With his unerring eye for approaches that are not only cruel but also offensive and tasteless, President Trump has announced that the White House will host a temporary memorial to people who’ve died from prescription opioid overdoses that consists of a wall depicting 22,000 faces engraved on pills. The exhibit, which will sit in the Ellipse in President’s Park from April 12th through the 18th, is titled Prescribed to Death.
Why 22,000 and why depict these people as the agents of their own death? The concept originated in an apparently well-intentioned campaign by the National Safety Council (NSC), aimed at highlighting the dangers associated with prescription opioids. But it unwittingly depicts a huge problem with America’s response to the overdose crisis—and has offended many people who have lost loved ones.
“Dehumanizing the victims of overdose by reducing them to faces on a pill is absurd,” says Carol Katz Beyer, co-founder of Families for Sensible Drug Policy. Her family has lost loved ones to overdose. “Our children are first and foremost family members who are human beings that reflect many interests and a diverse range of talents. We would never shun or dishonor the death of anyone with another health condition by placing that singularly stigma-ridden attachment to their face.”
Over half a million people have died of overdose since 2000 in the most deadly drug-related crisis in American history. While the problem has its roots in the expansion of opioid prescribing that began with the introduction of Oxycontin in 1996, these days, most people die from overdose that includes heroin and or street fentanyls, a class of drugs that are dozens to thousands of times more powerful than morphine. In 2016, there were more than 42,000 opioid-related overdose deaths. The NSC acknowledged in response to a question on Twitter that 14,000 of those deaths were related to heroin.
Although some people did become addicted during pain treatment, the vast majority who have misused or are misusing painkillers are taking medications that were not prescribed to them. Since 2010, opioid prescribing has fallen by nearly 20 percent and the most risky high-dose prescribing has been cut almost in half.
Nonetheless, during the same period, overdose death rates rose by 32 percent—basically, because simply cutting prescribing does not cure either addiction or pain. Switching from misusing prescription drugs, of known dose and purity, to street drugs contaminated with drugs of extremely high potency, increases death risk. To further complicate matters, throughout the crisis, a majority of overdose deaths are not just down to opioids—they involve mixtures of opioids, alcohol, and/or other drugs.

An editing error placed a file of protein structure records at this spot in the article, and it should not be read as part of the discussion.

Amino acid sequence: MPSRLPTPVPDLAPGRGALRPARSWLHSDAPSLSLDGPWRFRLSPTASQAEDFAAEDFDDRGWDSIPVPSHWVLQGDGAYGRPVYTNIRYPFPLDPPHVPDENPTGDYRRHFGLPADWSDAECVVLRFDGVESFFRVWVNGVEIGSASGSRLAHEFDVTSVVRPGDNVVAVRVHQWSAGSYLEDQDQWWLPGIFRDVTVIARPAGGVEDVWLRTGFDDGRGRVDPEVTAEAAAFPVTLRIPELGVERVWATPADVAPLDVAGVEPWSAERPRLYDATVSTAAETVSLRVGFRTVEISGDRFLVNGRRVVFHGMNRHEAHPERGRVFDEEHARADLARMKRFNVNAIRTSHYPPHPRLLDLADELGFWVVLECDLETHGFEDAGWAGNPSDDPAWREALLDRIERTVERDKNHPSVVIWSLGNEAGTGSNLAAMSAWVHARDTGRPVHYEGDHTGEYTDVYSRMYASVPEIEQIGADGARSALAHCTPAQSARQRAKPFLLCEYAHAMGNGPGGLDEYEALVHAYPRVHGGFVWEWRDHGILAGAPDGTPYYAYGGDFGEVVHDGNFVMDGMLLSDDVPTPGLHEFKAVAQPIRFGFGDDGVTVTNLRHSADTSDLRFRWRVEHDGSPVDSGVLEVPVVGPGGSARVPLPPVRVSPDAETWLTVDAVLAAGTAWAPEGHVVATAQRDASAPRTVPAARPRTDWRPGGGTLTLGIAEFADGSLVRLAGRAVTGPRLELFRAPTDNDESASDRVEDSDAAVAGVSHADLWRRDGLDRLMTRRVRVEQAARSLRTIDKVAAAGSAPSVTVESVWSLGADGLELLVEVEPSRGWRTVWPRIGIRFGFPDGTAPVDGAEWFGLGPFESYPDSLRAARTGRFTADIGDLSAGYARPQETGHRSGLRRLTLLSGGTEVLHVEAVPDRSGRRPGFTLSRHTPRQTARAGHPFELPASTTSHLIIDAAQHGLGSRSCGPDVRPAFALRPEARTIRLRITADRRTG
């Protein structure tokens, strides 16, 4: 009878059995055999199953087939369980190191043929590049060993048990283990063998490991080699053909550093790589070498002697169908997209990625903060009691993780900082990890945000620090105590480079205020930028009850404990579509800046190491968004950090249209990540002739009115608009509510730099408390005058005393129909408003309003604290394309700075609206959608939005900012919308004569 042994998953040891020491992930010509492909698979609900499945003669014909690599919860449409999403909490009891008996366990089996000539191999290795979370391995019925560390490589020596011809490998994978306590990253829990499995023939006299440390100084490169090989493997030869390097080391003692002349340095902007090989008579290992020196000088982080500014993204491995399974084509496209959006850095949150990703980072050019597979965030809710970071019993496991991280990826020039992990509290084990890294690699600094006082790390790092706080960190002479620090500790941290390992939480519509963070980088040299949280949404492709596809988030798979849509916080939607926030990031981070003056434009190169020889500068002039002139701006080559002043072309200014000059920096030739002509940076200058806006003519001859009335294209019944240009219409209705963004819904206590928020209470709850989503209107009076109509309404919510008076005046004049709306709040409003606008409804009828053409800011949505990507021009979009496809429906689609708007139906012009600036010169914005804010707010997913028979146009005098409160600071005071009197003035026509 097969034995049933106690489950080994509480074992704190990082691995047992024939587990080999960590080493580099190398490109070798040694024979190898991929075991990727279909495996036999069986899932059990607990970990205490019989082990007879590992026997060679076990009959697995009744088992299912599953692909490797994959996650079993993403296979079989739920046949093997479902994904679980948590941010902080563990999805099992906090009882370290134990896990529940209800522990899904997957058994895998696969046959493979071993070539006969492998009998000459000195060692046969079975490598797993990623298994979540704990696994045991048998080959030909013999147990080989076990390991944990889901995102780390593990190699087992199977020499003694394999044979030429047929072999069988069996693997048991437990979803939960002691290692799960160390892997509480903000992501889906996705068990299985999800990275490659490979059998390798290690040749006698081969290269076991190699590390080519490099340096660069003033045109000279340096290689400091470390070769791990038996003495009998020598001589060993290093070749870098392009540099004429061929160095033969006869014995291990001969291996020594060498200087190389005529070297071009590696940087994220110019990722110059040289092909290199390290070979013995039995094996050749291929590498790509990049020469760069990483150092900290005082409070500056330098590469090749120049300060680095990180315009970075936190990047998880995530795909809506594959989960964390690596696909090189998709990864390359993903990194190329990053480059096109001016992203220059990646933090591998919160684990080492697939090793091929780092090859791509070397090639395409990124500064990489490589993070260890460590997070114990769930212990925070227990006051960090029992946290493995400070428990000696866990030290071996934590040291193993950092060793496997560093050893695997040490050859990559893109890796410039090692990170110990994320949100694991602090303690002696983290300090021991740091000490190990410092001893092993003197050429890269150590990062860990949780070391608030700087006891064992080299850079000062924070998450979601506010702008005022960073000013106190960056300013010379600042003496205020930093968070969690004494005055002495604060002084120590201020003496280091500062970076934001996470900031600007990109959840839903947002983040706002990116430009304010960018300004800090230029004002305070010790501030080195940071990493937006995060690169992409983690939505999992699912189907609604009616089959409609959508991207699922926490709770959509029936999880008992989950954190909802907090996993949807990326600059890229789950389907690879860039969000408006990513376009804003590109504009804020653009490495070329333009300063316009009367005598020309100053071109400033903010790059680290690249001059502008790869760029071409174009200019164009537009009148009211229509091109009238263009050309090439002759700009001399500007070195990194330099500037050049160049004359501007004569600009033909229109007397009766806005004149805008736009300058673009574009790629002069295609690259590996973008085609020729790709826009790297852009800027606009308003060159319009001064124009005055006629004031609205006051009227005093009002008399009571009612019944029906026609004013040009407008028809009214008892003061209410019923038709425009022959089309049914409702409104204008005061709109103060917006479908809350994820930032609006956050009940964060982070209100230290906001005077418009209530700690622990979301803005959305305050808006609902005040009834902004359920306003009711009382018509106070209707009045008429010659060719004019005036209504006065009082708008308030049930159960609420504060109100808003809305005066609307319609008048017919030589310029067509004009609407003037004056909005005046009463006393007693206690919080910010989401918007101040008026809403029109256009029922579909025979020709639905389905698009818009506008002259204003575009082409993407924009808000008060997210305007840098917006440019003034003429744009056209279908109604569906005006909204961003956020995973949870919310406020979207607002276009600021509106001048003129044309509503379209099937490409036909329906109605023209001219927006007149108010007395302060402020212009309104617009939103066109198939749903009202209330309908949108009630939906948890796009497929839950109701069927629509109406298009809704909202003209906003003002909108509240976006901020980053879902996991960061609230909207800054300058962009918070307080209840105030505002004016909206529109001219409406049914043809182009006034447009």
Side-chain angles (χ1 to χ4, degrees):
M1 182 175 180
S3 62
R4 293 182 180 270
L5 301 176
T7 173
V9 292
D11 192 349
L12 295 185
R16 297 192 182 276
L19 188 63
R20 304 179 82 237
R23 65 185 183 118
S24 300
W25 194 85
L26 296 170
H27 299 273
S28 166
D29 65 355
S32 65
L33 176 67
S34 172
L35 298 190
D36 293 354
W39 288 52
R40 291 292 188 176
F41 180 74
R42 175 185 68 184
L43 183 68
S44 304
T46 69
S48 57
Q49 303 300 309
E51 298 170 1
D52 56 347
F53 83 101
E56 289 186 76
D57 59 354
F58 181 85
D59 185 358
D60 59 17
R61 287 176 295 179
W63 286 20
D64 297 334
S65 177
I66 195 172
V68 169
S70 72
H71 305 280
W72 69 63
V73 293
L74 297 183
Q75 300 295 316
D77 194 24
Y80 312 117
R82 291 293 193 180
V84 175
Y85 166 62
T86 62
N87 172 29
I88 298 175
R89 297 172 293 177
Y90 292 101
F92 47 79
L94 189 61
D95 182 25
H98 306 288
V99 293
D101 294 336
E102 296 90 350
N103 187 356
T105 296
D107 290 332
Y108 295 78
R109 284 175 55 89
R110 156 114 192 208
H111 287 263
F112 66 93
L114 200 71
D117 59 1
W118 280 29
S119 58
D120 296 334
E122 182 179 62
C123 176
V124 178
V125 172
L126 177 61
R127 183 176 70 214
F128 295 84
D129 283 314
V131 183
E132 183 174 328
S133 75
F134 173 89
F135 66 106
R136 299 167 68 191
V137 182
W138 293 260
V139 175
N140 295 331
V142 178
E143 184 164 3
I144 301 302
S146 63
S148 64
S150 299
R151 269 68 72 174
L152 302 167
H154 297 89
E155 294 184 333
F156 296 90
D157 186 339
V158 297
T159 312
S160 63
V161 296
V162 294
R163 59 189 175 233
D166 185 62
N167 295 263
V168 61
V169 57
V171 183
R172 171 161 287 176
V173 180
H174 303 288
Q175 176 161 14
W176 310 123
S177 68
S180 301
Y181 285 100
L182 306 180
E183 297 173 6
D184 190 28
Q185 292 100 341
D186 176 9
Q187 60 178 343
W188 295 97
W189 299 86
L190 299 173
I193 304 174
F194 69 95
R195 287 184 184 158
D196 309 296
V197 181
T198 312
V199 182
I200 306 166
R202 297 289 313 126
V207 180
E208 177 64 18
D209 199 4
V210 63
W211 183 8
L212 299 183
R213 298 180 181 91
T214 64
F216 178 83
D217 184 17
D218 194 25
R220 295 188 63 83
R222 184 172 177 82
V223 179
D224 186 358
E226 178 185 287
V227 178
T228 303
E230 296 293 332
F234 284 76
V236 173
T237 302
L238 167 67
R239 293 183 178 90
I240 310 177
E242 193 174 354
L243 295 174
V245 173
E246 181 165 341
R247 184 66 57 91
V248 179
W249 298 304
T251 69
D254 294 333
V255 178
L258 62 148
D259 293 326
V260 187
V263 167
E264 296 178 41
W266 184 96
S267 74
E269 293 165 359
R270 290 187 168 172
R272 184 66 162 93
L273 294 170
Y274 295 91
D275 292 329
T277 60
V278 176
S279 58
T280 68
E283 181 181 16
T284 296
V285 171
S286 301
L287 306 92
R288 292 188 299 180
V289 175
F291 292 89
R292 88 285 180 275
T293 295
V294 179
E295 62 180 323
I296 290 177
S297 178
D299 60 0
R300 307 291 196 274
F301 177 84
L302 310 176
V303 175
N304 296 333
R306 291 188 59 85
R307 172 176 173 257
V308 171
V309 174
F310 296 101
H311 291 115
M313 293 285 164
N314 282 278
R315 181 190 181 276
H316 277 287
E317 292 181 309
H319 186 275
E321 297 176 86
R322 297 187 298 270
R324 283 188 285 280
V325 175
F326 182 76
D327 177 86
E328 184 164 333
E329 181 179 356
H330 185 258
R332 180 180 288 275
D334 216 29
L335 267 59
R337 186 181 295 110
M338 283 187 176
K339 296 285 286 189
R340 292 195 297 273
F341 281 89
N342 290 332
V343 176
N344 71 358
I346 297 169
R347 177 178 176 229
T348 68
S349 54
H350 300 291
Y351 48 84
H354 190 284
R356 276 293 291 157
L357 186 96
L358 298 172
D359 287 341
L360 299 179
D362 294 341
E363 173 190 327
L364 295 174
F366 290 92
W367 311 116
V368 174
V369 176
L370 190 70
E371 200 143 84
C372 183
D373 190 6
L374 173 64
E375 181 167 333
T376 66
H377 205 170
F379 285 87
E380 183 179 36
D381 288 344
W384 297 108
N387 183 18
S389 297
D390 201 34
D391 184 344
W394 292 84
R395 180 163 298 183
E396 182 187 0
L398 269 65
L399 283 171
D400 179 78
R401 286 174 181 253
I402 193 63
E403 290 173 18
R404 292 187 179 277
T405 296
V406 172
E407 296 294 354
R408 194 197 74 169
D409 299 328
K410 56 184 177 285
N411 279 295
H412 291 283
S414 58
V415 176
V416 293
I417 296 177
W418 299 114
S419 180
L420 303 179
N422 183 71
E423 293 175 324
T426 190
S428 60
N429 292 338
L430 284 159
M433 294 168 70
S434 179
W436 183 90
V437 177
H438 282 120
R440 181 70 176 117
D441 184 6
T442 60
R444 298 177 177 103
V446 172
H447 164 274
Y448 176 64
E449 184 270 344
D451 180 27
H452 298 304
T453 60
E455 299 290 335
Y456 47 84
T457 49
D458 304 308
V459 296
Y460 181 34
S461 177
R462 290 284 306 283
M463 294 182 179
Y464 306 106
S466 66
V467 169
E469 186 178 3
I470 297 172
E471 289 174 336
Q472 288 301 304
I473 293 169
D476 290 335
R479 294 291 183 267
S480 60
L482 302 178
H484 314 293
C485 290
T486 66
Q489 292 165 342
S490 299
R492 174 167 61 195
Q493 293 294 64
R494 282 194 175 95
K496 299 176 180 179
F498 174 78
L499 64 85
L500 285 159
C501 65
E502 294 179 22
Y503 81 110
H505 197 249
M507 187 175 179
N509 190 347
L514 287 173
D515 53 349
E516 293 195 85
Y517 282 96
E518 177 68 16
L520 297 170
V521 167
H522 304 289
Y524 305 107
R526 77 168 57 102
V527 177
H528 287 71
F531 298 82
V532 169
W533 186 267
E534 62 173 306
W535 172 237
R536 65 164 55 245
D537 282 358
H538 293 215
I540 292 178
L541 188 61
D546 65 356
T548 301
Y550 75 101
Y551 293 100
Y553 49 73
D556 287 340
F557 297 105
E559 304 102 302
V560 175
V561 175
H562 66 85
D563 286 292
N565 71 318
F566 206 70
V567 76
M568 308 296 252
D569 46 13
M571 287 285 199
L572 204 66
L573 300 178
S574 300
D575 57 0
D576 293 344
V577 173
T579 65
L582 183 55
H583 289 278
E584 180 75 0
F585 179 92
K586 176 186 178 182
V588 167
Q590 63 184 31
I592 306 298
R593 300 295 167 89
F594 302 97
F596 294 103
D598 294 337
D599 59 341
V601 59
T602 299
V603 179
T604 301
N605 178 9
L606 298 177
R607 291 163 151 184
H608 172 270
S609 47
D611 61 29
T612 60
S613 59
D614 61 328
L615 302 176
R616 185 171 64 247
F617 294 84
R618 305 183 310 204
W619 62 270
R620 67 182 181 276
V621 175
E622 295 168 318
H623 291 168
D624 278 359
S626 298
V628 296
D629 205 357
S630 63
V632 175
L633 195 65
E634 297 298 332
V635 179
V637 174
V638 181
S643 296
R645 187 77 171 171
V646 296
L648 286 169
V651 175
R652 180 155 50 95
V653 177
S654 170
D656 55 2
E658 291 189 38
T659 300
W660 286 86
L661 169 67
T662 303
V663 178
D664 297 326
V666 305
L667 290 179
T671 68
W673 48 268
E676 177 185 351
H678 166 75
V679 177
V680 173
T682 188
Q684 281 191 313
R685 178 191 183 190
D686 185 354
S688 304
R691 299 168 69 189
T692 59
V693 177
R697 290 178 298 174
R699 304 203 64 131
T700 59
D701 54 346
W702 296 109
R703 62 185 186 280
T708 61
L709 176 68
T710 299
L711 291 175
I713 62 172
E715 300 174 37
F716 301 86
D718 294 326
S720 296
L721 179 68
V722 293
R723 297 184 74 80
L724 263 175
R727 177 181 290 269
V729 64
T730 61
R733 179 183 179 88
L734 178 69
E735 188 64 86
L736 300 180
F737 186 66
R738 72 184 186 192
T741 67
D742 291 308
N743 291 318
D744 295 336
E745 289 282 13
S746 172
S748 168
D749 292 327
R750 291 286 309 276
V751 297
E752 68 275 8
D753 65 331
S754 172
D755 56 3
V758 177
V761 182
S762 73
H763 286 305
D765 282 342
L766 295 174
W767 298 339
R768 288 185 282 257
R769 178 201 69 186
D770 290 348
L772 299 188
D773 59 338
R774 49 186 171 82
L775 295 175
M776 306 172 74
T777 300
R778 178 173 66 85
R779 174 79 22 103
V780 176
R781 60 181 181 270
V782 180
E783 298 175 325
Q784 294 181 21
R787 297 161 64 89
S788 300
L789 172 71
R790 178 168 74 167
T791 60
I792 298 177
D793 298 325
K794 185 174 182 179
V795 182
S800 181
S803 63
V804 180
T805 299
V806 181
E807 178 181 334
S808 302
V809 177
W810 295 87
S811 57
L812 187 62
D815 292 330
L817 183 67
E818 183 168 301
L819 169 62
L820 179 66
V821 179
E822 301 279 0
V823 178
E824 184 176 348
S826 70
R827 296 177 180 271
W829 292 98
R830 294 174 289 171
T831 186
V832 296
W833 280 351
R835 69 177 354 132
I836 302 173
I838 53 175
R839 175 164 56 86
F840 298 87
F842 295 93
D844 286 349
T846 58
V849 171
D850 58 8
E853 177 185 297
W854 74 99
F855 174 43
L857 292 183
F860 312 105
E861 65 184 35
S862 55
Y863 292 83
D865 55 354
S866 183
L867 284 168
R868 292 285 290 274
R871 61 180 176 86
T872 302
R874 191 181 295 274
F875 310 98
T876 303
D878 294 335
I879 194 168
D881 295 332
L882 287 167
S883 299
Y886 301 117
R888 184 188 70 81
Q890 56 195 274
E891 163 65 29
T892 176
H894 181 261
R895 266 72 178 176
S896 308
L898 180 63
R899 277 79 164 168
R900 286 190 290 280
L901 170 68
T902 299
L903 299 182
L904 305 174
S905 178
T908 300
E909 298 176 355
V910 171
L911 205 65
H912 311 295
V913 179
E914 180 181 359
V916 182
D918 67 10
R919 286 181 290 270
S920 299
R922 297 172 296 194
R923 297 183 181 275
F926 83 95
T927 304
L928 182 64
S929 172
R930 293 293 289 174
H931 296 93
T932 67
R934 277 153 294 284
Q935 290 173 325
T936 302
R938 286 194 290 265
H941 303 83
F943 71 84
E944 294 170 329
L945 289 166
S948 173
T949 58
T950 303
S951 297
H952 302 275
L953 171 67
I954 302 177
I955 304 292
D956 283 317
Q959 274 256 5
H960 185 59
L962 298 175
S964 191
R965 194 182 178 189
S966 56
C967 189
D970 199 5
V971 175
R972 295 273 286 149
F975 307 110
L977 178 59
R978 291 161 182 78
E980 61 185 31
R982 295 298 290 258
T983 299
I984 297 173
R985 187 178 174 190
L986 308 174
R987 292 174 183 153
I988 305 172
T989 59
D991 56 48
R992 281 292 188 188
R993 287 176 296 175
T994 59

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This exhibit does not seem to embrace that complexity, while also apparently singling out some people as more deserving of remembrance than others. “My kid is the less ‘innocent’ if you believe in these stories,” says Denise Cullen, executive director of Broken No More/GRASP. Her son, Jeff, began misusing non-prescribed drugs at 14, including methamphetamine and heroin. The overdose that killed him at age 27 contained the prescription medications morphine and Xanax.
Cullen says she finds the memorial offensive because of the way it seems to suggest that people who take street drugs are less worthy than those who take prescription medication. She also doesn’t like how it defines people by their manner of death. “That’s not who my son was and what defined his life,” she says. The pills, as another bereaved mom noted to me online, are all white, as if to signify that the only innocent victims are white.
Bill Williams, a director and acting coach, lost his son William at age 24 to an overdose. “Those ‘pills’ look like tiny death masks to me,” he says. “To me the issue is Trump co-opting this wall. He's had nothing to do with it. It's cynical on his part to do anything more than to suggest it is worth a visit. It's Trump using every death in West Virginia, Kentucky, Ohio, and Pennsylvania to campaign with.”
When reached for comment over email, Kelly Nantel, vice president of communications and advocacy at the National Safety Council, said, “Our hearts break for everyone impacted by opioid misuse—prescribed or otherwise. The National Safety Council understands that the memorial is provocative and stirs many different emotions in people.”
She adds, “Our work has focused on prescription opioids because that is where most opioid misuse, including heroin and fentanyl, starts,” but emphasizes, “The Council very firmly believes every life lost to overdose—regardless of the drug—is too many.” And yet they’re choosing only to memorialize the people who died from prescription drug overdoses.
Louise Vincent, director of the Urban Survivors Union, which advocates for people who take drugs, sees the memorial as symbolic of the depth of stigma associated with addiction. Vincent has herself experienced addiction and she lost her daughter, Selena, to it at 19.
“All we are is melted down into a pill,” she says, “They would never take cancer or some other illness and [depict the victims] as a wall of pills…only with ‘drug addicts’ could we do this.”
She adds, “What a powerful image: your mother, your sister, your daughter: all they turned into was a pill. That’s the dominant narrative—you become that…that’s all you care about.”
Considering her own experience and that of her daughter, Vincent says, “I think that the internalized shame and stigma are so great that sometimes we don’t even notice how ridiculous stuff like this is.” Just imagine if a memorial to the students lost at Parkland or Sandy Hook involved printing children’s faces on guns.
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